Does State Employer has the choice on who should enter its service? Supreme Court decides

Supreme Court: The Bench of K.M. Joseph and S. Ravindra Bhat, JJ. while addressing the matter, observed that,

Public service – like any other, pre-supposes that the state employer has an element of latitude or choice on who should enter its service. Norms, based on principles, govern essential aspects such as qualification, experience, age, number of attempts permitted to a candidate, etc. These, broadly constitute eligibility conditions required of each candidate or applicant aspiring to enter public service.

Appellant (Commissioner of Police, Delhi) on being aggrieved by the Delhi High Court decision by which the respondents were directed to be considered for appointed to the post of Constable of Delhi Police, filed the present appeal.

Factual Background

In the year 2009, an advertisement was issued wherein applications were invited for the cadre of constable in the Delhi Police.

Applicant Deepa Tomar in her application did not disclose the fact that she was facing criminal trial and the criminal cases were ended in compromise. Standing Committee while assessing the suitability of the candidates deferred Deepa Tomar’s consideration as she was facing trial in criminal proceedings and was charged with committing the offence of kidnapping under Section 364 of Penal Code, 1860.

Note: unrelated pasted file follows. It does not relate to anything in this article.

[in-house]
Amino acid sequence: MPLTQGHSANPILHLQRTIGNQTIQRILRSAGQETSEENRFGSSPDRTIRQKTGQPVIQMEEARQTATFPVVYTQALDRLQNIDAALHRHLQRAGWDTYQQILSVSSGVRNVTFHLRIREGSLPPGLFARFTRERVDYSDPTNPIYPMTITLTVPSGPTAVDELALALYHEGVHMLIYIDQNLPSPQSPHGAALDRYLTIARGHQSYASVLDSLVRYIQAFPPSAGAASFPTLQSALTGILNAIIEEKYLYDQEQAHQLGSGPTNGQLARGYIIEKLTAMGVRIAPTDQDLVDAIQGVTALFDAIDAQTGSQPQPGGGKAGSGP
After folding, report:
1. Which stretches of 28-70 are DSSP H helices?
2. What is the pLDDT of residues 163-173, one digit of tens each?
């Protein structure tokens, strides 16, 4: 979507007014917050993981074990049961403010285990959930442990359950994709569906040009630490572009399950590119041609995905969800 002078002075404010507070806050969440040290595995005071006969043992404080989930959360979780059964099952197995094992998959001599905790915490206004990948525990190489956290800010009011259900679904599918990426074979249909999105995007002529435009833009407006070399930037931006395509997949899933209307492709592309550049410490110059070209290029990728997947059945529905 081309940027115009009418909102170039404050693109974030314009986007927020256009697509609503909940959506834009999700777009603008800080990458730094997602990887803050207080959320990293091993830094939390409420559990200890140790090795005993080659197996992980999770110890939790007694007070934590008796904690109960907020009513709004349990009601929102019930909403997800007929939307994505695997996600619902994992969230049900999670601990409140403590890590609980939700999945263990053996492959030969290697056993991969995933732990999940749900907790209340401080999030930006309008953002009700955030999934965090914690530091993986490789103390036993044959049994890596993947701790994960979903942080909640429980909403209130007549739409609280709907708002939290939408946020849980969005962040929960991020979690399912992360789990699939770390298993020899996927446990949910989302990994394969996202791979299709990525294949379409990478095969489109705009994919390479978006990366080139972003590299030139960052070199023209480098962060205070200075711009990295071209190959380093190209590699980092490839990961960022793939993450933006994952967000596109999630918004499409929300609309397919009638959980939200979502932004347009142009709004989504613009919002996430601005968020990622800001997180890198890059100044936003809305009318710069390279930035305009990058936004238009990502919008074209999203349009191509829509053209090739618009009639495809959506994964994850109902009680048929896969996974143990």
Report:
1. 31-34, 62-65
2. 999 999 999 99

Division Bench of High Court allowed the petitions of the candidate and quashed their rejection.

Analysis, Law and Decision

Bench noted on perusal of the Standing Order along with Annexure-A that in relation to certain offences, acquittal or exoneration of an accused candidate, per se would not entitle her or him to consideration.

Upon an overall analysis of the Standing Order, this Court is of the opinion that an acquittal or discharge in a criminal proceeding would not per se enable the candidate to argue that the authorities can be compelled to select and appoint her or him.

Decisions for Individual case:

Civil Appeal arising from SLP(C) 13285/2014 (Raj Kumar)

The Screening Committee went through the case records and noted that a compromise was recorded with the approval of the Court with respect to two offences whereas, in the graver offences, the candidate stood trial but was acquitted on account as there was not sufficient evidence and that “material witnesses” did not support the prosecution story.

In Court’s opinion, the compromise recorded in respect of the offences, that were compounded (and the acquittal for lack of evidence) is apparently so on account of material witnesses not appearing or turning hostile, was a relevant factor that the Screening Committee could and did consider.

Shiv Singh

Shiv Singh, respondent, in another case was accused of committing offences punishable under Sections 323, 341, 325, 34 IPC.